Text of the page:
KRISTINE BRESSER

What's on your mind? Q. I don't think my mom really loves me. In ract, I thought about her dying once, and I wasn't even sad. What's the matter with me? (Virginia) A. Part of "The American Dream" is the happy family whose members live together in harmony. So important is familial peace that many of us feel downright guilty or inferior if our homes are the scene of much quarreling, bickering or worse. But life is not exactly like "Leave It to Beaver." Most families are not the scene of 100 percent harmony all the time. Living closely with family members day after day is not always easy. Being generous, thoughtful and forgiving can be an enormous struggle. So don't be discouraged if there is friction between you and your mother. This happens in the best of families. Your mother may be experiencing serious problems of her own right now. Maybe she is fed up with the endless tasks she has as a homemaker. Or maybe she is not in the best of physical health. Or perhaps she feels that life is passing her by and she is unable to focus on the many positive contri-

By TOM LENNON

butions she is making to her family. Eventually she may work out her present problems and be able to manifest her love for you more easily and readily. It well may be that if you were involved in an automobile accident, she would be the first to rush to the hospital. She might bejolted out of her present mood and show her real love for you in many ways. Do not be discouraged by your thought about her dying. Many a teenager has had such a thought pop into his or her head. This does not mean that something is the matter with you. None of us has complete control of the thoughts that pass through our heads. If it was your mother who was involved in an automobile accident, I suspect you would find out that you love her more than you now realize. Random thoughts are not always an accurate gauge ot what we feel about other people. Perhaps right now you too are having a more difficult time than usual in some area of your life. Monotony, boredom, difficult schoolwork - such problems can affect how you feel about other family members. Harmony and happiness in fam-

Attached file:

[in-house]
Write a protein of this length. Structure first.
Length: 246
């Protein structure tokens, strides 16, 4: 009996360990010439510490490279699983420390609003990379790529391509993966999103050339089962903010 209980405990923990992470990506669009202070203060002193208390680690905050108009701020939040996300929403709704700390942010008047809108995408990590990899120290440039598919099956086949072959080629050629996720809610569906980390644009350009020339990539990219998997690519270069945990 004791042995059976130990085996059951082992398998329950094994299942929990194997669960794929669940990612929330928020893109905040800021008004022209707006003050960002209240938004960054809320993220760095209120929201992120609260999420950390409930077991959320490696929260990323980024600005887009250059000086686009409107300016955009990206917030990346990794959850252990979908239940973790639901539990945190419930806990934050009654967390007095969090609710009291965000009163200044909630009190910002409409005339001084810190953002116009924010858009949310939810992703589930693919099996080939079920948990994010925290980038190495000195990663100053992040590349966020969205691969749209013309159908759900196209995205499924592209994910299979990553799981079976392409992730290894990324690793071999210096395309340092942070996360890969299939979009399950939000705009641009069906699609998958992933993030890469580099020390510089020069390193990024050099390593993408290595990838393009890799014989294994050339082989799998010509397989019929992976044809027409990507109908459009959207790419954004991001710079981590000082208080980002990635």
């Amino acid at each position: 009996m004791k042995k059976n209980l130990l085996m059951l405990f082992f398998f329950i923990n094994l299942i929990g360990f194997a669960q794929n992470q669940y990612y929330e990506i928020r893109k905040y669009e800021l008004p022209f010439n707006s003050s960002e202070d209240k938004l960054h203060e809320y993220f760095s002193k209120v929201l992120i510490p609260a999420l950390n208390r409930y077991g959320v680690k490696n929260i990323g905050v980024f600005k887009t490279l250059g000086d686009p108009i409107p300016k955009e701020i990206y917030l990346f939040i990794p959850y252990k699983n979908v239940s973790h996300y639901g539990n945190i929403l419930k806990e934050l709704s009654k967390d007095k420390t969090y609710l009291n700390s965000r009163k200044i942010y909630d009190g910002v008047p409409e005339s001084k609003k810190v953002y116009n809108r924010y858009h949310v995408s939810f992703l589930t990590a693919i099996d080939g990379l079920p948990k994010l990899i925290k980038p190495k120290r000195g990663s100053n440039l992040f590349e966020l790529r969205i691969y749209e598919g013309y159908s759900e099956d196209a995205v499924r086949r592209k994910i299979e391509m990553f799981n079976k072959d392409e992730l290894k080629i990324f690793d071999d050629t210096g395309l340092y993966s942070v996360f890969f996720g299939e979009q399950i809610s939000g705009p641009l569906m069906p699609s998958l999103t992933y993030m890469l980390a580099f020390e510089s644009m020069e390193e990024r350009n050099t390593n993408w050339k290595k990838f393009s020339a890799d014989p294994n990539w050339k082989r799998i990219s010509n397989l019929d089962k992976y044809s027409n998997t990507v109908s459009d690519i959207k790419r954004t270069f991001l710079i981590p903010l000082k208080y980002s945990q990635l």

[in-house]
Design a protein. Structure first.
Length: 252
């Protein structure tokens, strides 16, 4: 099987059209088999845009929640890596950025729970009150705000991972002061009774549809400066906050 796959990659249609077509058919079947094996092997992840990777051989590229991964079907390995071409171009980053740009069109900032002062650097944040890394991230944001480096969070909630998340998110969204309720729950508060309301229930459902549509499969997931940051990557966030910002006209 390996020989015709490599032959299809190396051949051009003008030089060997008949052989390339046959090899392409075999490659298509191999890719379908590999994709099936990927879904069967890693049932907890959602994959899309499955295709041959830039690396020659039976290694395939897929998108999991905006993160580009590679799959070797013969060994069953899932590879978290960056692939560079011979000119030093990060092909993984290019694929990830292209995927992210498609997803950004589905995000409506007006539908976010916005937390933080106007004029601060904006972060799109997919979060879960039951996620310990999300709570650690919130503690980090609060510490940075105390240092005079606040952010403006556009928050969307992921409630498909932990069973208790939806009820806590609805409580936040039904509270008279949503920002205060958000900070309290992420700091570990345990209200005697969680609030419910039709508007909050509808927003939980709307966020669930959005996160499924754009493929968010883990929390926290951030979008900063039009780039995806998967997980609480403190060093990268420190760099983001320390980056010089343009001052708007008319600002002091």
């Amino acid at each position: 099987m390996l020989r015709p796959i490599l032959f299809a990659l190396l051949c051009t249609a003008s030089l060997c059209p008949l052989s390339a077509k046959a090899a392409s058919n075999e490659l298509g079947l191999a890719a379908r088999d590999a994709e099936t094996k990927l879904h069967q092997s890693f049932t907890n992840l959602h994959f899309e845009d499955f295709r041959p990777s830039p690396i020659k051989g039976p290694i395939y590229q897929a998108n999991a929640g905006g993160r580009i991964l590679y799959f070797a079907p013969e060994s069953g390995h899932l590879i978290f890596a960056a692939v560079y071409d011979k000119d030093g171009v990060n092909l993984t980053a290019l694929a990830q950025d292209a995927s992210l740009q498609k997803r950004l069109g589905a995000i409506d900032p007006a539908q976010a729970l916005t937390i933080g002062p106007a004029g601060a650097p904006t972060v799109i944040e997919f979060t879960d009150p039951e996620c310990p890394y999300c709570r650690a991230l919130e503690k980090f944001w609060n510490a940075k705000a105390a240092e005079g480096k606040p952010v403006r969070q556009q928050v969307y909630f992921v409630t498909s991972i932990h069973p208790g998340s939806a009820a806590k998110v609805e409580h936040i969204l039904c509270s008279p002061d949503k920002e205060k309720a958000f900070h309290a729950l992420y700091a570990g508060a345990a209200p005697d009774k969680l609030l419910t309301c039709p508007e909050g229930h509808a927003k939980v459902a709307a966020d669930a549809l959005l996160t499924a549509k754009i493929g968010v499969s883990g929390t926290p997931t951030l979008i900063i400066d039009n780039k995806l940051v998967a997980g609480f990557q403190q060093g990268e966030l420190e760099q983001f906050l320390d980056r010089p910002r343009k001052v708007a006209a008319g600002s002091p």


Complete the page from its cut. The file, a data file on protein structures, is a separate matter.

ily living are prizes that can be won only with struggle and sacrifice. So, what to do? Could you imitate the Scouts and at least once a day do something nice for your mother? This may lighten her heart in ways you do not know and even help her find the solution to whatever problem she may now have. And once a day could you say a prayer for help to that holy and happy fmily who once lived in a town called Nazareth - Joseph, Mary and Jesus.

Bishop Feehan A memorial was dedicated to the late Walter Downarowicz, a longtime supporter of Bishop Feehan High School, Attleboro, and three faculty members who died during the summer were commemorated at a memorial Mass celebrated at Feehan Sept. 2 by Father Paul A. Caron, chaplain, as part of the school's' annual faculty day. Remembered were educators Eleanor Kenny, Sister Marie Rosaire Goforth, RSM, and Vincent Fagone. The 88-member Feehan faculty includes 14 new members. In all, there are 43 religious, 45 lay persons and a student teacher from Salve Regina College, Newport. 235 incoming freshmen attended an orientation program Sept. 3. The day included words of welcome and instruction from Sister Mary Faith Harding, RSM, principal, and Paul O'Boy, vice-principal. The new students were also addressed by Sister Regina Coughlin, RS M, who explained guidance and scheduling procedures.